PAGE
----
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Cabinet keeps off fuel price reform

NEW DELHI (Reuters) - The cabinet did not discuss any proposal to raise fuel prices or reform the sector on Thursday, a government minister said, continuing the uncertainty over a move that faces strong political resistance.

A man walks past gas cylinders loaded on a cart in Mumbai June 7, 2010. The cabinet did not discuss any proposal to raise fuel prices or reform the sector on Thursday, a government minister said, continuing the uncertainty over a move that faces strong political resistance. REUTERS/Danish Siddiqui

Inaction on reforms cheered opposition parties and allies of the ruling coalition but economists said the growth rate may fall below 8 percent if the government does not take bold decisions to cut subsidies.

The oil sector absorbs a quarter of the annual subsidy bill of 1.2 trillion rupees ($25.5 billion), or 1.7 percent of gross domestic product, but some coalition allies fear that reforms would stoke already-high inflation and anger voters.

A panel led by Finance Minister Pranab Mukherjee postponed a decision on reforming fuel pricing on Monday, after two key ministers from small coalition partners failed to attend in a clear signal of their reluctance to be associated with a policy that may improve India’s finances but will cost votes.

Mukherjee was due to decide the date of the next meeting of the panel with his cabinet colleagues on Thursday, but it got put off again.

“It didn’t come up for discussion,” Ambika Soni, information and broadcasting minister, told reporters after the cabinet meeting.

The oil ministry wants free pricing of petrol and diesel to help state firms who are forced to sell fuel at low, state-set prices.

Reforms will cut subsidies, while private companies Reliance Industries and Essar Oil would be able to compete with state firms who dominate the retail fuel market because subsidies help them sell cheaper fuel.

International oil traders are also keenly watching India’s moves as Reliance and Essar, unable to compete effectively in the domestic market, are geared towards exports, while state refiners need to import oil products when they face a shortage.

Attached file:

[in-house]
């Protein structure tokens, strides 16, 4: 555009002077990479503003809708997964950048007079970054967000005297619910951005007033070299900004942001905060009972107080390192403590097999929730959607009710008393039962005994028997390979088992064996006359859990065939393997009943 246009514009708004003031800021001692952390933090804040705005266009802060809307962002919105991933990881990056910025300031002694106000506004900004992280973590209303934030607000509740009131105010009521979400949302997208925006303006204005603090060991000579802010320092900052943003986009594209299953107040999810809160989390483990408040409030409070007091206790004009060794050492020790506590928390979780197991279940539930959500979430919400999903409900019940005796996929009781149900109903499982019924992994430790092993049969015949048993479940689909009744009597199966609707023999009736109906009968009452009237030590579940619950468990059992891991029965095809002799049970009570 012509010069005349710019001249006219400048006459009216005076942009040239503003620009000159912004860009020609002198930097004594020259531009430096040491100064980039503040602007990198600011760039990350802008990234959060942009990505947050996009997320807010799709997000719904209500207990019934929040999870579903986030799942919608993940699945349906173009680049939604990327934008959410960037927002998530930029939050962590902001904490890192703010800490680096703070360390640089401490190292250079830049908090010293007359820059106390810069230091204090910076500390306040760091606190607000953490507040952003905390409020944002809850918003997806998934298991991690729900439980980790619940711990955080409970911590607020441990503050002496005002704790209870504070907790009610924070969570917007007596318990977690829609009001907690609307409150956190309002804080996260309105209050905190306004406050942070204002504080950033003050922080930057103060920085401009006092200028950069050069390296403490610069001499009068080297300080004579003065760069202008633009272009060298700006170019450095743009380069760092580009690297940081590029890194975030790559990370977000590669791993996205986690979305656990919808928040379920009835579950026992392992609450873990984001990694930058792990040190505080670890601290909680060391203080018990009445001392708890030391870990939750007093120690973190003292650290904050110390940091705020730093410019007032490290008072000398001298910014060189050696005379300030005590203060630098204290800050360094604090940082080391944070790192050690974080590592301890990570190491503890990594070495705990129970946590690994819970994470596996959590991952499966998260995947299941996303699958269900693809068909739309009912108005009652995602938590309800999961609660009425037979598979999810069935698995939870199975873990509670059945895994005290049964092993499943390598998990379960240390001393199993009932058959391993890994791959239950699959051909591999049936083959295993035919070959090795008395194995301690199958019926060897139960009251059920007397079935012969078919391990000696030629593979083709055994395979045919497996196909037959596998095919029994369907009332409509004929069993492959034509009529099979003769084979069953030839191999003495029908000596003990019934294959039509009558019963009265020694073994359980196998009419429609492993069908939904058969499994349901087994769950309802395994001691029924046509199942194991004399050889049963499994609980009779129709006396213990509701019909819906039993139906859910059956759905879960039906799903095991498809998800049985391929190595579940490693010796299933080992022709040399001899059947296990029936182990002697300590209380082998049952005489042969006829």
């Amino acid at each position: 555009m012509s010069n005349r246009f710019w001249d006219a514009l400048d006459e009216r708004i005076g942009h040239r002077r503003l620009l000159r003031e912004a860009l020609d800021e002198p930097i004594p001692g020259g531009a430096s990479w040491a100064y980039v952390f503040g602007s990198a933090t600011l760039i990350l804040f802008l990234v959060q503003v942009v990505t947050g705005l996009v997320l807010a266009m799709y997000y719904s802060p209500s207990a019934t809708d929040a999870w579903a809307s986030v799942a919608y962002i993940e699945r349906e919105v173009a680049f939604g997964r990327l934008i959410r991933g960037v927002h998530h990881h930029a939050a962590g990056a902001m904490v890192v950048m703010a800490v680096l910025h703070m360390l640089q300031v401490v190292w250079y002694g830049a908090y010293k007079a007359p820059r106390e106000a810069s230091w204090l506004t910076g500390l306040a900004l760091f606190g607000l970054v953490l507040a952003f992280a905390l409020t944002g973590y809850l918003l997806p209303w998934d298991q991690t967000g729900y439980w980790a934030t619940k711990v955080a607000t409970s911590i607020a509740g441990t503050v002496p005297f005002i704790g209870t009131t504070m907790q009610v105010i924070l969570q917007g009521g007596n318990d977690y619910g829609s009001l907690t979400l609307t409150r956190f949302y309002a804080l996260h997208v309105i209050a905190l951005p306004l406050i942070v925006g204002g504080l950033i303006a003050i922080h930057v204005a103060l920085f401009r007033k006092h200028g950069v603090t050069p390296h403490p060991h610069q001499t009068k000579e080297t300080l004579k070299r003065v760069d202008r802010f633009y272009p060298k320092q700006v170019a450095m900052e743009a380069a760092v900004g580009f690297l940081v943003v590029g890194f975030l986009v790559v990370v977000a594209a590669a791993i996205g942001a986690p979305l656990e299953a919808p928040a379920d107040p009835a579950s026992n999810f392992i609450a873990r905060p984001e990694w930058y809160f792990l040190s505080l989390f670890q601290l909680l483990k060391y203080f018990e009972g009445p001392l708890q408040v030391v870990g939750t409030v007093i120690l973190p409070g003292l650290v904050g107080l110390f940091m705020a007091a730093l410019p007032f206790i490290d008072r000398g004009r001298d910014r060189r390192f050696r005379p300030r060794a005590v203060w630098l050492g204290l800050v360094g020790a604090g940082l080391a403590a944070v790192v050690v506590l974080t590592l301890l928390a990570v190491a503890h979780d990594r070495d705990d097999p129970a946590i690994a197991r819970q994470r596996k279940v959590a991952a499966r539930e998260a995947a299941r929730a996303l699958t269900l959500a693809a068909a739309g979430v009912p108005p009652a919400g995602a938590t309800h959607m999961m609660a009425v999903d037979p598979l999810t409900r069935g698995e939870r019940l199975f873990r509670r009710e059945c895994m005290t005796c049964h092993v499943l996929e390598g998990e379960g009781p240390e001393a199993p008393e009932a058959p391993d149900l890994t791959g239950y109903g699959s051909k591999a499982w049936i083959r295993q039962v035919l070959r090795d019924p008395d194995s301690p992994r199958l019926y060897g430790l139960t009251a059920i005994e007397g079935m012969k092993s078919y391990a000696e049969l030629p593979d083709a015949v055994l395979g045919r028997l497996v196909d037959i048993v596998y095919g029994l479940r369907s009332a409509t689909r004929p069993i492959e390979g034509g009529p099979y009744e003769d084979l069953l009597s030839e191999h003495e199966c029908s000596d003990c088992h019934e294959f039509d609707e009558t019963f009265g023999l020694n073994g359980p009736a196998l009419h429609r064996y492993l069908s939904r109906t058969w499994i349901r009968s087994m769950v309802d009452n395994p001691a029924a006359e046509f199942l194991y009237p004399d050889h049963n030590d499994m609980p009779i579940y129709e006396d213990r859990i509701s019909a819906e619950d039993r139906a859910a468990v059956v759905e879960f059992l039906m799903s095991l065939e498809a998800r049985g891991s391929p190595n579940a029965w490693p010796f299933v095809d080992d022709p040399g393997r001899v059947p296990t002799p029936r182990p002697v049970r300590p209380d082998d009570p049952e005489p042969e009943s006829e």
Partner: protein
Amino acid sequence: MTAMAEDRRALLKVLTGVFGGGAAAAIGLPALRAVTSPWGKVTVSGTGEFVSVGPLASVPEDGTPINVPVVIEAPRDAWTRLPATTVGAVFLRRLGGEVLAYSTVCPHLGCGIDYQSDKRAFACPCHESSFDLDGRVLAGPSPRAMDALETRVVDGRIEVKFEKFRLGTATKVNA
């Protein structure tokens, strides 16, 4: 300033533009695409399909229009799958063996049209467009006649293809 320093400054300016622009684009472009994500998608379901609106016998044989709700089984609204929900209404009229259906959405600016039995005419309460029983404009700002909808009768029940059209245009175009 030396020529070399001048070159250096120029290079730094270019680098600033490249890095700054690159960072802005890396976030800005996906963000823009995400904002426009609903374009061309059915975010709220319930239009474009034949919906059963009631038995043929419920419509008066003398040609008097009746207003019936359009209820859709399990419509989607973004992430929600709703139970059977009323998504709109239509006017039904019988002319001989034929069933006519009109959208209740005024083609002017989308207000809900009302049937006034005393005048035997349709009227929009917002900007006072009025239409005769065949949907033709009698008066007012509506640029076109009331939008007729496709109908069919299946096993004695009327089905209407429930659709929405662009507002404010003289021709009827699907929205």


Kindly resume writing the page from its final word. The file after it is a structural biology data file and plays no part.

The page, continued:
OIL TRADERS

The International Energy Agency said the outlook for reforms seemed positive as three official panels in recent years have concluded that fuel prices should follow market forces, not government dictats.

“Momentum for reform indeed appears to be gathering,” it said in a report.

But regional allies remained adamant.

“We hope the government will consider our party stand against any hike in fuel prices, which has been made clear,” said Saugata Roy, a Trinamool Congress leader and minister in the coalition government of Prime Minister Manmohan Singh.

Mani Shankar Aiyar, who was oil minister during Singh’s first tenure as prime minister, said contentious issues like fuel pricing cannot be resolved quickly.

“We are a democratic country and those who favour a price hike must build a public opinion and that is why it will take time,” he said.

The main opposition Bharatiya Janata Party, whose government in 2002 had freed petrol and diesel prices eight years ago, said it opposed higher fuel prices.

“The BJP is nonetheless happy that it was not even discussed and we are not going to accept any fuel price hike,” party spokesman Rajiv Pratap Rudy said.

N. Bhanumurthy, an economist with think tank National Institute for Public Finance and Policy, said subsidy burden can knock India’s growth rate below 8 percent this year, lower than the projected 8.5 percent.

Additional reporting by Abhijit Neogy; Writing by Himangshu Watts; Editing by Ranjit Gangadharan and Sanjeev Miglani

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